The 2015-2020 Tax Returns of Former President Donald Trump Were Released to the Public on Friday


    Six years of former President Donald Trump's personal tax returns were scheduled to be released to the public on Friday after the Democratic-led House Ways and Means Committee voted along party lines last week to release the returns.

    Certain redactions of sensitive data such as Social Security numbers and contact information were rumored to have been made in the wake of the committee’s unprecedented move, which signals that the final days of Democrats controlling the House are upon us, with Republicans set to regain the upper hand.

    This committee obtained these documents thanks to an appeals court’s decision that directed Trump to hand them over after a lengthy legal dispute. The 45th president filed an appeal to the Supreme Court to block the decision, but the request was declined within the last month.

    Trump, the only candidate so far in the 2024 GOP presidential primary field, has slammed “radical Democrats” for the move, calling it “an outrageous abuse of power,” with the returns only detailing how successful he has been.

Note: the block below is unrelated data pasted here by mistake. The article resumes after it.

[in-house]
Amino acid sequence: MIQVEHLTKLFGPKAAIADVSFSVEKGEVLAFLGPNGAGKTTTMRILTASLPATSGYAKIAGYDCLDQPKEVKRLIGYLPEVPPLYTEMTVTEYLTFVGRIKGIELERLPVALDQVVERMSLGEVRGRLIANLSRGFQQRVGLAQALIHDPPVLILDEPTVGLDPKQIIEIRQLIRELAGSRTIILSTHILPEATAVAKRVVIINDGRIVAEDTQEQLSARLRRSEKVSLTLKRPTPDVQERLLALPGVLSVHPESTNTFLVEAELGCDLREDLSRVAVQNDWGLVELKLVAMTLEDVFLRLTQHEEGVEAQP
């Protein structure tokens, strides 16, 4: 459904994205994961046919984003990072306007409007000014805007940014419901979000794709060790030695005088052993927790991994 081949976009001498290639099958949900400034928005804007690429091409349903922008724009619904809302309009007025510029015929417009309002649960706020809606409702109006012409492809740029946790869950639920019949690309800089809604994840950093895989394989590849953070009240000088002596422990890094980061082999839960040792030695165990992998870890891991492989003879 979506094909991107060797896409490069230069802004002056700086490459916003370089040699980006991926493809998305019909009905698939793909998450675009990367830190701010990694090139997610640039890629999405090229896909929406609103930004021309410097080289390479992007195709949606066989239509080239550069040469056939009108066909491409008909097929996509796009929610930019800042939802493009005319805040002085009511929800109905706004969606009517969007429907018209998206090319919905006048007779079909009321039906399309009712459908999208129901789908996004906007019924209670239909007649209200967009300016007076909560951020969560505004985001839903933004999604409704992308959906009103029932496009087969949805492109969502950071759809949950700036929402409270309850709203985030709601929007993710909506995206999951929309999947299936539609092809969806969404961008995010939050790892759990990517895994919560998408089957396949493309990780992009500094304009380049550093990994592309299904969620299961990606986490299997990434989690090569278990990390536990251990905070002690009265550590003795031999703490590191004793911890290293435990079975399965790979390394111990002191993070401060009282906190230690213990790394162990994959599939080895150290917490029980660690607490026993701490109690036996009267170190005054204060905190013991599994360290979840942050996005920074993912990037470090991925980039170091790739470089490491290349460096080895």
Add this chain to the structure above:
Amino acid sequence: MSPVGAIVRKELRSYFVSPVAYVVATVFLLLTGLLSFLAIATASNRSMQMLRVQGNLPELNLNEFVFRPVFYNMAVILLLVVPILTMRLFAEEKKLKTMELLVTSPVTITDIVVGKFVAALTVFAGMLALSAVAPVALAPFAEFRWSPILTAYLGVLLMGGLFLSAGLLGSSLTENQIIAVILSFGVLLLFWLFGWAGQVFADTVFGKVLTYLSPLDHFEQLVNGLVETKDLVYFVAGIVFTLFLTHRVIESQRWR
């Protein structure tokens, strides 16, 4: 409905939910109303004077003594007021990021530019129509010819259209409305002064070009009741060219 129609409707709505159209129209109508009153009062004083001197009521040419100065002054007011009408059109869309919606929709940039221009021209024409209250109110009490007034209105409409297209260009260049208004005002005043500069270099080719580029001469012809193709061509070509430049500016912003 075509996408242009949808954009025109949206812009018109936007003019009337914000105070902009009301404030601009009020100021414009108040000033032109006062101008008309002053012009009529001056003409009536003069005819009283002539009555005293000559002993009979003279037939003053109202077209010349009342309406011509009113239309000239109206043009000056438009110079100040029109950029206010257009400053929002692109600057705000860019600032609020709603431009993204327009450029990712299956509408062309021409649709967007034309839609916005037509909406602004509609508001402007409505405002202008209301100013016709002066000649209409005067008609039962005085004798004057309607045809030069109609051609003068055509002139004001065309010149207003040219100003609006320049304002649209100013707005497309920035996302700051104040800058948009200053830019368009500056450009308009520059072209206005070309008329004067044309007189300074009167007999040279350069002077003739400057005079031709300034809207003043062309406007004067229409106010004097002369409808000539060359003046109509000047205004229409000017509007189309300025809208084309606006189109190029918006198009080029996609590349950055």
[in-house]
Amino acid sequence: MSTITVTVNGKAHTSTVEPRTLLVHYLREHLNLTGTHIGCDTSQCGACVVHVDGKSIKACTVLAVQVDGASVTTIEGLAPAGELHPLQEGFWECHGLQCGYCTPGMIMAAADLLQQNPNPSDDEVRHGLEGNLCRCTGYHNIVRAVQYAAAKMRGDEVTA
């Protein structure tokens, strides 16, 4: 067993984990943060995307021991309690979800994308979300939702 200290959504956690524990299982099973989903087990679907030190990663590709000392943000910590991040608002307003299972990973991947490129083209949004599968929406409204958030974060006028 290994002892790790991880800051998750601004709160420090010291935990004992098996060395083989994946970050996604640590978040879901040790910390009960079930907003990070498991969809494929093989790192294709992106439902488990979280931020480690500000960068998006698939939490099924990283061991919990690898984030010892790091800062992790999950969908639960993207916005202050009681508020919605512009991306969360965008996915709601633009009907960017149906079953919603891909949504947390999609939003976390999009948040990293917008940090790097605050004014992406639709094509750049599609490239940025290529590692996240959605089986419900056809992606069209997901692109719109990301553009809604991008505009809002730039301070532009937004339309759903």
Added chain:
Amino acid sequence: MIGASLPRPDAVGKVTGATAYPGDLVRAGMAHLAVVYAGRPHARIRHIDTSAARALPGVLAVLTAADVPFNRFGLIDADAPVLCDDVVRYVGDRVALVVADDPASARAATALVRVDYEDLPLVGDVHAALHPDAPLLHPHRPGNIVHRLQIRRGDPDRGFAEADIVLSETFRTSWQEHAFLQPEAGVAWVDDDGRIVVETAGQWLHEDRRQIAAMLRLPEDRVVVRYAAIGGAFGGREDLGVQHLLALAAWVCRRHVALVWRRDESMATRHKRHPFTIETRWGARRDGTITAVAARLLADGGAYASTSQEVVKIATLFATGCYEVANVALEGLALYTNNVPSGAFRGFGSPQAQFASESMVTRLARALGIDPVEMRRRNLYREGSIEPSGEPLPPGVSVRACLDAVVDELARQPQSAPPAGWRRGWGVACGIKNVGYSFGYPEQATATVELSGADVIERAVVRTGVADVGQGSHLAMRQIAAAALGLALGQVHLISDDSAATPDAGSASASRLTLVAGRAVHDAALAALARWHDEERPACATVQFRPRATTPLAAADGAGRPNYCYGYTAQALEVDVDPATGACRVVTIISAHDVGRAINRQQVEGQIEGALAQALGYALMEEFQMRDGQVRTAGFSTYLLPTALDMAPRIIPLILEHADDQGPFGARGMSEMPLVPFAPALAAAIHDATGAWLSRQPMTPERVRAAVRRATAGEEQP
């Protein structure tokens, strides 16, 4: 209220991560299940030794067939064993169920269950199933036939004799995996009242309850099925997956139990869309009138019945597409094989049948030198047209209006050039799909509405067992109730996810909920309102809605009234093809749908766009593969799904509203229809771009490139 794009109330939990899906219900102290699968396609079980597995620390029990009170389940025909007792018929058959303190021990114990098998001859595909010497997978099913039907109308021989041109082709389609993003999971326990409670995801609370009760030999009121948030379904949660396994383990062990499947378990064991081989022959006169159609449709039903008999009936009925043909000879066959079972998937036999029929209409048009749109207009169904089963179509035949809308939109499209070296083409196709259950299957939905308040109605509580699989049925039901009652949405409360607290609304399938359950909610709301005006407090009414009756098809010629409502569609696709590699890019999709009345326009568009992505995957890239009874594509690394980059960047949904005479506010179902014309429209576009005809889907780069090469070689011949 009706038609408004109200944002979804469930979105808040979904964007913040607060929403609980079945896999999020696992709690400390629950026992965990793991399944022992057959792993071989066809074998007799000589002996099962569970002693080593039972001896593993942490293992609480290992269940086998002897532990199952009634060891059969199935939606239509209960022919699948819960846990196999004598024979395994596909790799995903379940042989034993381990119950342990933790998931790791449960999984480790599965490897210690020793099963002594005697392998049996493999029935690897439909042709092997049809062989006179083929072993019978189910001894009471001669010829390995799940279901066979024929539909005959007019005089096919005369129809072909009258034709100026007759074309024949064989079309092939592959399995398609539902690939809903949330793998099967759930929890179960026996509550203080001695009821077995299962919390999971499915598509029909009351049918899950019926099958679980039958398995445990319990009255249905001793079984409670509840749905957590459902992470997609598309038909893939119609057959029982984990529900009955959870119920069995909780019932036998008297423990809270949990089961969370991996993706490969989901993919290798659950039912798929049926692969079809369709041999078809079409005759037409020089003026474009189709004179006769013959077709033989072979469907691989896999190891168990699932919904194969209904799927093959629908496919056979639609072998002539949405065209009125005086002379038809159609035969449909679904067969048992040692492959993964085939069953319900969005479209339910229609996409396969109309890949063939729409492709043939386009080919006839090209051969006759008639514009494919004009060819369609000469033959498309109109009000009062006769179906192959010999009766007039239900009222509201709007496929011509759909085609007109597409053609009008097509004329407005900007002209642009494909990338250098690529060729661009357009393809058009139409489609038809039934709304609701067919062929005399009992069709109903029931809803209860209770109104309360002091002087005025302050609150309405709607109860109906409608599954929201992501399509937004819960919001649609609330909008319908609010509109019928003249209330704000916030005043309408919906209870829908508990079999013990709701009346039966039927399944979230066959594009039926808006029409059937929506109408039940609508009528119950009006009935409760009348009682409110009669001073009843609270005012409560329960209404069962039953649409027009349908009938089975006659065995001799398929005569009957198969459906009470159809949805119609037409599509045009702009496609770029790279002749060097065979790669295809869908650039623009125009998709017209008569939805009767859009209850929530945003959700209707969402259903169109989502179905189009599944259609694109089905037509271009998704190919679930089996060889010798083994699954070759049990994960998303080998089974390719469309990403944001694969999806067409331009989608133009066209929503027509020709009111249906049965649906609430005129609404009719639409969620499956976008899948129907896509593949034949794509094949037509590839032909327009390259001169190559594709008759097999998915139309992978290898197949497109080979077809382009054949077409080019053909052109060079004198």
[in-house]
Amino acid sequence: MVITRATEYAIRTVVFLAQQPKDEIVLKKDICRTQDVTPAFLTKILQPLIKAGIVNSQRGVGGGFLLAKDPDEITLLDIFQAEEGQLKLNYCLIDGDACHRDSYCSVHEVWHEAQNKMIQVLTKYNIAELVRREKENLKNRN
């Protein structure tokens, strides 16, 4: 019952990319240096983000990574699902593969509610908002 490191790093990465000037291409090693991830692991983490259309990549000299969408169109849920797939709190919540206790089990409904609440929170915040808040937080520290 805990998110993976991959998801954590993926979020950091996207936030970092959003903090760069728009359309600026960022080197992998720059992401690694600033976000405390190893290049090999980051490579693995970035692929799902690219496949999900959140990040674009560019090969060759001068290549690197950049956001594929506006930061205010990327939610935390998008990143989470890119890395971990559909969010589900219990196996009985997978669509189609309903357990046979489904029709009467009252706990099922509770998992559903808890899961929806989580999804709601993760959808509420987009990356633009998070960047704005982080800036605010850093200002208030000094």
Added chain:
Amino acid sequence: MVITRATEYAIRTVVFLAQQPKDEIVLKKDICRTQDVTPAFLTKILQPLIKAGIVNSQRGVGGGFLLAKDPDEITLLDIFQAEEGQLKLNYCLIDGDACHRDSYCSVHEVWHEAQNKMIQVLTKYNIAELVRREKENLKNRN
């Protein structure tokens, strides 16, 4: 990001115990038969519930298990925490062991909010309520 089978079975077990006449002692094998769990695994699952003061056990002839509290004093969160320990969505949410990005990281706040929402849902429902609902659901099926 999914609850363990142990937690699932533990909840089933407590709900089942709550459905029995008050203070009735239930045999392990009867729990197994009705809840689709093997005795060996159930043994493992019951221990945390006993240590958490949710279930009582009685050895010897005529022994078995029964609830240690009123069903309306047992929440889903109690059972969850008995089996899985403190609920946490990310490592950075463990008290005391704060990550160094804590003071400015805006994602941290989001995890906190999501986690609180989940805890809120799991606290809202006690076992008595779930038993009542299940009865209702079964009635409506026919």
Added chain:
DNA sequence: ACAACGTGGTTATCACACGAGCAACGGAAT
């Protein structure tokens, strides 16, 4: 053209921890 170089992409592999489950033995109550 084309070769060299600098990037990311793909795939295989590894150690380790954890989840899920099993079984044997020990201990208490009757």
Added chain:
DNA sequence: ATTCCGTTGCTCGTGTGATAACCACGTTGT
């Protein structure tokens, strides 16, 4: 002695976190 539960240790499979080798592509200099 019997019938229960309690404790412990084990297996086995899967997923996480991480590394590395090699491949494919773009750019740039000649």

“There is no legitimate legislative purpose for their action, and if you look at what they've done, it's so sad for our country,” the former president said in response to their actions, calling them “unconstitutional.”

    “It's nothing but another deranged political witch-hunt, which has been going on from the day I came down the escalator in Trump Tower.”

    The release of Trump's tax returns for 2015 to 2020 will bookend a long-running dispute between the previous Republican president and Democratic lawmakers.

    (Be sure to check out the video of Donald Trump calling on the Republicans in the incoming House of Representatives to release the financial records of President Joe Biden.)

    This isn't the first time that Trump's tax returns have been subject to public review. In October, the New York Times published a story based on leaked tax records, which revealed Trump's financial situation.

    Republicans have argued that Democrats will likely be unhappy with the move when the Republicans take over in January. They’ve also warned that the new GOP chair is likely to be pressured to release the tax returns of other notable individuals.


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